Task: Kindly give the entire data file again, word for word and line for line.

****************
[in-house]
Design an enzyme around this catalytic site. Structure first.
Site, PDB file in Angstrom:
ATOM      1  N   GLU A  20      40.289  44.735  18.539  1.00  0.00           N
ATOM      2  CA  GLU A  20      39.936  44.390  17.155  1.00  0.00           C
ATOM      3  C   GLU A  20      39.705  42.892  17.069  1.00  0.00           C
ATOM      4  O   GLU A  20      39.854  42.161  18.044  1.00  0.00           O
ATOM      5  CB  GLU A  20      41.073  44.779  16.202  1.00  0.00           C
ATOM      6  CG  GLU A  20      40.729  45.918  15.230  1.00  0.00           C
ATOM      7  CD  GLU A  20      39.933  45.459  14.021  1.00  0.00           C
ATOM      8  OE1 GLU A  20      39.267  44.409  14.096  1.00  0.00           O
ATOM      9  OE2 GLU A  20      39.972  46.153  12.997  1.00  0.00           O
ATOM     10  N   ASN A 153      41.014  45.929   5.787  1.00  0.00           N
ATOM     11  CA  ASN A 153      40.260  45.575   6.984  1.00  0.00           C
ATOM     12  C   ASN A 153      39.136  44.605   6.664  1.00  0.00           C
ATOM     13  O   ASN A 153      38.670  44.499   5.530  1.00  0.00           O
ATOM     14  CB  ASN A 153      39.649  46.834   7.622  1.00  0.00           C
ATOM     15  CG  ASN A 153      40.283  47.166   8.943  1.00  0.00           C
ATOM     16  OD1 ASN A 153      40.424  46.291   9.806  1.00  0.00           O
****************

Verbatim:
[in-house]
Design an enzyme around this catalytic site. Structure first.
Site, PDB file in Angstrom:
ATOM      1  N   GLU A  20      40.289  44.735  18.539  1.00  0.00           N
ATOM      2  CA  GLU A  20      39.936  44.390  17.155  1.00  0.00           C
ATOM      3  C   GLU A  20      39.705  42.892  17.069  1.00  0.00           C
ATOM      4  O   GLU A  20      39.854  42.161  18.044  1.00  0.00           O
ATOM      5  CB  GLU A  20      41.073  44.779  16.202  1.00  0.00           C
ATOM      6  CG  GLU A  20      40.729  45.918  15.230  1.00  0.00           C
ATOM      7  CD  GLU A  20      39.933  45.459  14.021  1.00  0.00           C
ATOM      8  OE1 GLU A  20      39.267  44.409  14.096  1.00  0.00           O
ATOM      9  OE2 GLU A  20      39.972  46.153  12.997  1.00  0.00           O
ATOM     10  N   ASN A 153      41.014  45.929   5.787  1.00  0.00           N
ATOM     11  CA  ASN A 153      40.260  45.575   6.984  1.00  0.00           C
ATOM     12  C   ASN A 153      39.136  44.605   6.664  1.00  0.00           C
ATOM     13  O   ASN A 153      38.670  44.499   5.530  1.00  0.00           O
ATOM     14  CB  ASN A 153      39.649  46.834   7.622  1.00  0.00           C
ATOM     15  CG  ASN A 153      40.283  47.166   8.943  1.00  0.00           C
ATOM     16  OD1 ASN A 153      40.424  46.291   9.806  1.00  0.00           O